It’s been eight years since a small team began excavating an ancient village outside of Quinhagak. Now, archaeologists and tribal leaders are saving what they can before the site washes away. This summer, volunteers worked to recover what they could.
Drumming, dancing and telling stories over an afternoon, representatives from three Southeast Alaska tribes celebrated the return of their 100-plus-year-old Chilkat blanket. Tlingit, Haida and Tsimshian members held a homecoming ceremony in the Shuká Hit clan house in Juneau.
Sealaska Heritage is celebrating the return of a 100-year-old Chilkat robe in a homecoming celebration that begins at 1:30 p.m. Saturday at the Walter Soboleff Building in the Shuká Hít clan house. Sealaska Heritage also plans to stream video of the celebration on Facebook Live.
Many people are familiar with the story of Robert Stroud, one of the country’s most famous inmates of the last century, and how he spent over half his life in solitary confinement and gained fame for his careful study of birds and bird diseases. But many people probably don’t know that Stroud was initially sent to prison for a murder he committed just a few short blocks away from the present-day Alaska State Capitol in downtown Juneau.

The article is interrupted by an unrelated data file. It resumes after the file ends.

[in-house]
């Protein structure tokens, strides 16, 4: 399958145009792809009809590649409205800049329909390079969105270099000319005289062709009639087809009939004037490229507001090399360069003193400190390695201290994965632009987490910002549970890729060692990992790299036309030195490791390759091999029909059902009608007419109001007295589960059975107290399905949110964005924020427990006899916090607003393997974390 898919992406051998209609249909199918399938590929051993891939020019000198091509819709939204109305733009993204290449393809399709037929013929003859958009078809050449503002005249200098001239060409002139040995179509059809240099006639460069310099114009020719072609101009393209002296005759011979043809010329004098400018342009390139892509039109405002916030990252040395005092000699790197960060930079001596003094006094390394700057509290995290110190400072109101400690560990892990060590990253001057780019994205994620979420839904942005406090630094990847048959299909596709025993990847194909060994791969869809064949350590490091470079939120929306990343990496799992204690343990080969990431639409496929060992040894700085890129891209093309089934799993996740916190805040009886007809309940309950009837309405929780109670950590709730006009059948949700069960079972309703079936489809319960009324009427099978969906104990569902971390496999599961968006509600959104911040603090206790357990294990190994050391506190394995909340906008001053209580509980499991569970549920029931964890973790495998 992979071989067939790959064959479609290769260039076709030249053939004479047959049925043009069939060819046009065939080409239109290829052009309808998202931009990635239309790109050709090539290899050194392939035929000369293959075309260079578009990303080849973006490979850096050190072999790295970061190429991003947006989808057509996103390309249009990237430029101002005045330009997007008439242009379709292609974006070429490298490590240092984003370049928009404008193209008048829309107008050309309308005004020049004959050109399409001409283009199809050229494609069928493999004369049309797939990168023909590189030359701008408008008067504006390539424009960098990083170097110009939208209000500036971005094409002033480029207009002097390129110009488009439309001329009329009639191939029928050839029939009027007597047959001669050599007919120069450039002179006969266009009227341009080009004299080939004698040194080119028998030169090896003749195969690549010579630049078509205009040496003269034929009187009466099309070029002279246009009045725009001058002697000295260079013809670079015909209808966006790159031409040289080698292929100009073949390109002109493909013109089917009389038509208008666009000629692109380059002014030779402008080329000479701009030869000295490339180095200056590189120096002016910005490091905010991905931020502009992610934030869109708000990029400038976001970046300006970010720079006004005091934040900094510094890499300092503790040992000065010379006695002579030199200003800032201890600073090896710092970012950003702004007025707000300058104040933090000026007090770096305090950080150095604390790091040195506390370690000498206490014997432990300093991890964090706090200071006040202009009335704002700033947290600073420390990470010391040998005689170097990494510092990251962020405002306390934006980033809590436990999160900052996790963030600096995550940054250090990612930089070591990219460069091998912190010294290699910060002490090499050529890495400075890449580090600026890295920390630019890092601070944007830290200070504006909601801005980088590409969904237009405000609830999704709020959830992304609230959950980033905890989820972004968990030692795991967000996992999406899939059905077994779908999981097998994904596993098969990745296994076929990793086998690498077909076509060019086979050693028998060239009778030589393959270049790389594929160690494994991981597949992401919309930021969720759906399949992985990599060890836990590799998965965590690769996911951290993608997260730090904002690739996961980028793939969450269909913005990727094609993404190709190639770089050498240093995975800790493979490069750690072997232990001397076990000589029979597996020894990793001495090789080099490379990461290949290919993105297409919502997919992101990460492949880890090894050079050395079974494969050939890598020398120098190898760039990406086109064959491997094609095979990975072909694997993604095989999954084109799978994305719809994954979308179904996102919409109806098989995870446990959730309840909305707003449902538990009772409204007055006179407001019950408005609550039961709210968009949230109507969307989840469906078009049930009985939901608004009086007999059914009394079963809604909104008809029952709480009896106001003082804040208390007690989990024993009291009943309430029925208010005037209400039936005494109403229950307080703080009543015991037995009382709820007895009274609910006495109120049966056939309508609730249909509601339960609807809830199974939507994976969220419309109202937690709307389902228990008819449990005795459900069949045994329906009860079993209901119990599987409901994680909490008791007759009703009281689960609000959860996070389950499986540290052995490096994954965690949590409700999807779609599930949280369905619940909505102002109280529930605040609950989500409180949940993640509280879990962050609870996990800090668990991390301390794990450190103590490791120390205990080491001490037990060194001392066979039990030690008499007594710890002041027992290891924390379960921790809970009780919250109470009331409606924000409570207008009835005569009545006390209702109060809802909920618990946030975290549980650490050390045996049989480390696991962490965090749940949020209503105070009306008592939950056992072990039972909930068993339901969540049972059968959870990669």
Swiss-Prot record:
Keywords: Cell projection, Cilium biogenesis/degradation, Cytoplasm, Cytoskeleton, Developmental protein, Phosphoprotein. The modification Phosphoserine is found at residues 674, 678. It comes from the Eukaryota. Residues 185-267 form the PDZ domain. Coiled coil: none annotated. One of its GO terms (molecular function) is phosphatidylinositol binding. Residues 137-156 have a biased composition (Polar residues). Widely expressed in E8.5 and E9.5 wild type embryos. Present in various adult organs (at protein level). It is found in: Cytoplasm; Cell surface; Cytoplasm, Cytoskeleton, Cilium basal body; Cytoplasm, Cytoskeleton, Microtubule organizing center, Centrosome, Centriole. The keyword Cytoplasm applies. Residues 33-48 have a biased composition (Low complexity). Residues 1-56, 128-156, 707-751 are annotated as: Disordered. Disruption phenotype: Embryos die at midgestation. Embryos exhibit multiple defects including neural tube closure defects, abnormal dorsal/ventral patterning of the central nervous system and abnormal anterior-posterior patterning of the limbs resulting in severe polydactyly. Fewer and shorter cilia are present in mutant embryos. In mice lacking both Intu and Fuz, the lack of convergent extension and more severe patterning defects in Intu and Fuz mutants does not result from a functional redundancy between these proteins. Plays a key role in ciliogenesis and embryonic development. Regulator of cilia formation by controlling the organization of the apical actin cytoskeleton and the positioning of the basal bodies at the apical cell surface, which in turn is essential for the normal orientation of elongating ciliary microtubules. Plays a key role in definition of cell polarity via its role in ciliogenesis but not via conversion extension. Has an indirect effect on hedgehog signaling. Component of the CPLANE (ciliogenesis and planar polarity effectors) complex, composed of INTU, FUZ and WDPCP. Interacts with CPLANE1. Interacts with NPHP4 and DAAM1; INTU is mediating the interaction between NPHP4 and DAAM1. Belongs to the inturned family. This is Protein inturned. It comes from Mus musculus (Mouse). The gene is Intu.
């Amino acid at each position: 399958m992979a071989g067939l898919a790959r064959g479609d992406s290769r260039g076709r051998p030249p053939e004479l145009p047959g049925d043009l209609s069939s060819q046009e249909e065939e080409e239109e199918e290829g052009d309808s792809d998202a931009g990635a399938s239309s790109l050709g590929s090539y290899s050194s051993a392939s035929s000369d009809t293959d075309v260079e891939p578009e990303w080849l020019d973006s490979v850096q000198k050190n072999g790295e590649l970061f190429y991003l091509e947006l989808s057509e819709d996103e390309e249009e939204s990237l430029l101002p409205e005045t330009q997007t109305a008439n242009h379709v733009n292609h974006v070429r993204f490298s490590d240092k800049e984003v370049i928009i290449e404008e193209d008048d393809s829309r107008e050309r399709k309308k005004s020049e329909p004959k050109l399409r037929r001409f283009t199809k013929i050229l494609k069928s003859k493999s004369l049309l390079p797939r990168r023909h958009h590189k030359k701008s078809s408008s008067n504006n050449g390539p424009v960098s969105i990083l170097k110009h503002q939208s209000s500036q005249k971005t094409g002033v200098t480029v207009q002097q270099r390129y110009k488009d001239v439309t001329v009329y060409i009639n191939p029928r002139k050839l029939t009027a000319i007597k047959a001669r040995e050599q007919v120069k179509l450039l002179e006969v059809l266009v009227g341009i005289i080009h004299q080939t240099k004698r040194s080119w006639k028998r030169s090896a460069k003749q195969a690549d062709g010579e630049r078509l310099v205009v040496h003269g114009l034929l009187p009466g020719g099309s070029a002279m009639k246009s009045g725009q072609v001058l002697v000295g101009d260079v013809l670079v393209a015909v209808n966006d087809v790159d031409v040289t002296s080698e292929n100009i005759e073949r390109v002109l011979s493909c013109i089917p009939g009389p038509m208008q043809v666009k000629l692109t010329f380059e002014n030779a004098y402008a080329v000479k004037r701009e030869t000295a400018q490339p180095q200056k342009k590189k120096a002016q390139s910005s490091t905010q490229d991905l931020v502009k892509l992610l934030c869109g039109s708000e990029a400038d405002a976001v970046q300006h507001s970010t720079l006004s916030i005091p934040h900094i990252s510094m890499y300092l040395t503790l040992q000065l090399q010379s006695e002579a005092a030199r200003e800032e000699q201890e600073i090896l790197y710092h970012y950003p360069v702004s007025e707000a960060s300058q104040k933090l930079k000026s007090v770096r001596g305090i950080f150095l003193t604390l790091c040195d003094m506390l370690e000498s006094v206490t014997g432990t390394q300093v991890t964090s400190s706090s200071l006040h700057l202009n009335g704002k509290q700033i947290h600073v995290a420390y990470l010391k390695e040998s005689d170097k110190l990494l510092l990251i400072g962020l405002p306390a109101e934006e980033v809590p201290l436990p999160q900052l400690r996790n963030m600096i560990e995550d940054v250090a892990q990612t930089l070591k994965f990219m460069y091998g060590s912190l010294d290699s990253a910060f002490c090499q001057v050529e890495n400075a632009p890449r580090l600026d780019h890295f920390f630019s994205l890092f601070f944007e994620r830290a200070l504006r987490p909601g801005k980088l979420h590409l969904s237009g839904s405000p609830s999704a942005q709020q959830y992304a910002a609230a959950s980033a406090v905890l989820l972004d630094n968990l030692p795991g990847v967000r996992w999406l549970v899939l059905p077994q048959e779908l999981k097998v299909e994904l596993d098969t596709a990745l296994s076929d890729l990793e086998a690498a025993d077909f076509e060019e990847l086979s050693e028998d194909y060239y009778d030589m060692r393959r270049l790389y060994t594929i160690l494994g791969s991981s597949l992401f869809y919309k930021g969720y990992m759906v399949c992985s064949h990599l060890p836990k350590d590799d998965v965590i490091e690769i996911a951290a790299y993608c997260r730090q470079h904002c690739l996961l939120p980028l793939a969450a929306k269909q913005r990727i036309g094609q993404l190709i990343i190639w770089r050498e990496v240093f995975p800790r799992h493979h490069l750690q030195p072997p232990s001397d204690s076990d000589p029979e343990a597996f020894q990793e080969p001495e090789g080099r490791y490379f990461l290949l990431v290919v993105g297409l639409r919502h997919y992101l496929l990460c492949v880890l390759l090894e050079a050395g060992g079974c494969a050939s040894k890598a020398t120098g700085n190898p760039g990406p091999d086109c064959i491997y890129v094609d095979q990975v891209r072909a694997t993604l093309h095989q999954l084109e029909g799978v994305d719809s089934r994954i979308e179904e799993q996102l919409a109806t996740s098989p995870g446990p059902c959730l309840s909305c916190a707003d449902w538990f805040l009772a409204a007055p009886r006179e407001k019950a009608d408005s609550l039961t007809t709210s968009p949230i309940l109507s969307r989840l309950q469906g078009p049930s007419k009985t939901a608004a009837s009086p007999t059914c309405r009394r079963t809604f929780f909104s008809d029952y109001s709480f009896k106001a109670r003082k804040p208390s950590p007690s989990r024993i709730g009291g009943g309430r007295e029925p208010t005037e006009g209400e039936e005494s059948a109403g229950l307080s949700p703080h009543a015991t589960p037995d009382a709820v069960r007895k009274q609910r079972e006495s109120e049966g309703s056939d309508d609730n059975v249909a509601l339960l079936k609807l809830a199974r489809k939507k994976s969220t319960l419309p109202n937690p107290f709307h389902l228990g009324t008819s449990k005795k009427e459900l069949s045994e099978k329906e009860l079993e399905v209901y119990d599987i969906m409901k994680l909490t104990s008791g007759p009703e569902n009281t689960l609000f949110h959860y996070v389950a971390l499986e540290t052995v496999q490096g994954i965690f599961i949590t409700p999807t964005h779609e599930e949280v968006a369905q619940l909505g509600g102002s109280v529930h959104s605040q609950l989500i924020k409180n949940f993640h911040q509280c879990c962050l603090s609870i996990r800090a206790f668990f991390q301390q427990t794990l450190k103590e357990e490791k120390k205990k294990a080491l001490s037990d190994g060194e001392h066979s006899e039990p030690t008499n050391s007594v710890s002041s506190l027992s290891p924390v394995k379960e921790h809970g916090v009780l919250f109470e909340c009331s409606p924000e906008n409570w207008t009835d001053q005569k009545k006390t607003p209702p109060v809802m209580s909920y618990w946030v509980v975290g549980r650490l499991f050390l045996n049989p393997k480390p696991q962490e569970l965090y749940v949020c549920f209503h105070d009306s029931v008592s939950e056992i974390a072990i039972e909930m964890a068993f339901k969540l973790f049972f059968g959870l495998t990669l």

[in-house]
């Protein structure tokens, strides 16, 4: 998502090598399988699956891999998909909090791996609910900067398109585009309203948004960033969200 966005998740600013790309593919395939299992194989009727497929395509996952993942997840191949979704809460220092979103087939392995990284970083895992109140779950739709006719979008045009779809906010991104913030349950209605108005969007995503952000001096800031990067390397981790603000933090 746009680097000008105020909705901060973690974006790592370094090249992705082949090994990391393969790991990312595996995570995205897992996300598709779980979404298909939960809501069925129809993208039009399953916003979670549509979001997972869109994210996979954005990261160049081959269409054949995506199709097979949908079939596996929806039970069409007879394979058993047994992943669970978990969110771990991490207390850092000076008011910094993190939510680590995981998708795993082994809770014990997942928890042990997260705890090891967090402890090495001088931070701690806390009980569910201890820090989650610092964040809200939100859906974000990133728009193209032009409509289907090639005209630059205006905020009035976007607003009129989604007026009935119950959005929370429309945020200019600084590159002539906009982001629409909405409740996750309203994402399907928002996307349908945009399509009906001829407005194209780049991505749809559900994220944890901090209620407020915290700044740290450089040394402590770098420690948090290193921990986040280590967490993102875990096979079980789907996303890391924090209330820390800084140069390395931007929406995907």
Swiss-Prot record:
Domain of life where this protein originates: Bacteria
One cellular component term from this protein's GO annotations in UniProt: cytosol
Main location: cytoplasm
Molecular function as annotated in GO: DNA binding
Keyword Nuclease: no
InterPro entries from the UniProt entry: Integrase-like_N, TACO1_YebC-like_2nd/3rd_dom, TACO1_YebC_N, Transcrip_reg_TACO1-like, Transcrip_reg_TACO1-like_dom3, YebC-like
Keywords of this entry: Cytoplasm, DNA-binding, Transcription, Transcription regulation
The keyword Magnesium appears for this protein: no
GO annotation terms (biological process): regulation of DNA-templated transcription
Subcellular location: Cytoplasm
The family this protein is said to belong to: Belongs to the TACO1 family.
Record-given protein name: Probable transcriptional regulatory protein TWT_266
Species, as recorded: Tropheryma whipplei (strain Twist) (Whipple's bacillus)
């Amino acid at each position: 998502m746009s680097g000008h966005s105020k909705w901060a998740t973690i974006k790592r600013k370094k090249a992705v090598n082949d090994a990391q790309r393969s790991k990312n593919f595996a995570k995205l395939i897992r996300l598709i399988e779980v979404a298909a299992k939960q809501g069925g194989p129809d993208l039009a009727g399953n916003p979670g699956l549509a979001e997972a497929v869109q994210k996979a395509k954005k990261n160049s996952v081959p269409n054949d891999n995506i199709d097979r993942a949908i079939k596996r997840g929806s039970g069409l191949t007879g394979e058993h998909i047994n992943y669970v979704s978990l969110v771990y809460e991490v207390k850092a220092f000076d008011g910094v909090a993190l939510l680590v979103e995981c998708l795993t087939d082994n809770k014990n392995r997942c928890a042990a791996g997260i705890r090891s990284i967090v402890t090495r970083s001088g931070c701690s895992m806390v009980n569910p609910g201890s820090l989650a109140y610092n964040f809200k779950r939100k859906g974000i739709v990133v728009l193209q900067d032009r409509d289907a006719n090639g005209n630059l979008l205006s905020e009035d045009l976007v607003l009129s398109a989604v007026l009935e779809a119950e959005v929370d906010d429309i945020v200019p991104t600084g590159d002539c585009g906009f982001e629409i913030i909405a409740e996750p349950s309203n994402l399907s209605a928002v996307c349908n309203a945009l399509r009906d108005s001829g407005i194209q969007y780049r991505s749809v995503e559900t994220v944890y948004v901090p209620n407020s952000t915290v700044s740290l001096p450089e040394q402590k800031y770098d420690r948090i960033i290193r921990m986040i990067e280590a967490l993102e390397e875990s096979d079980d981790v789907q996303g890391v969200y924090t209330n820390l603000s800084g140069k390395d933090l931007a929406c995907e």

Almost 50 years ago, The Fairbanks area was deluged by unprecedented rainfall. The precipitation channeled from surrounding hills into the Chena River resulting in an epic flood that devastated the interior city. Five decades later, signs are going up around Fairbanks to remind people of what happened.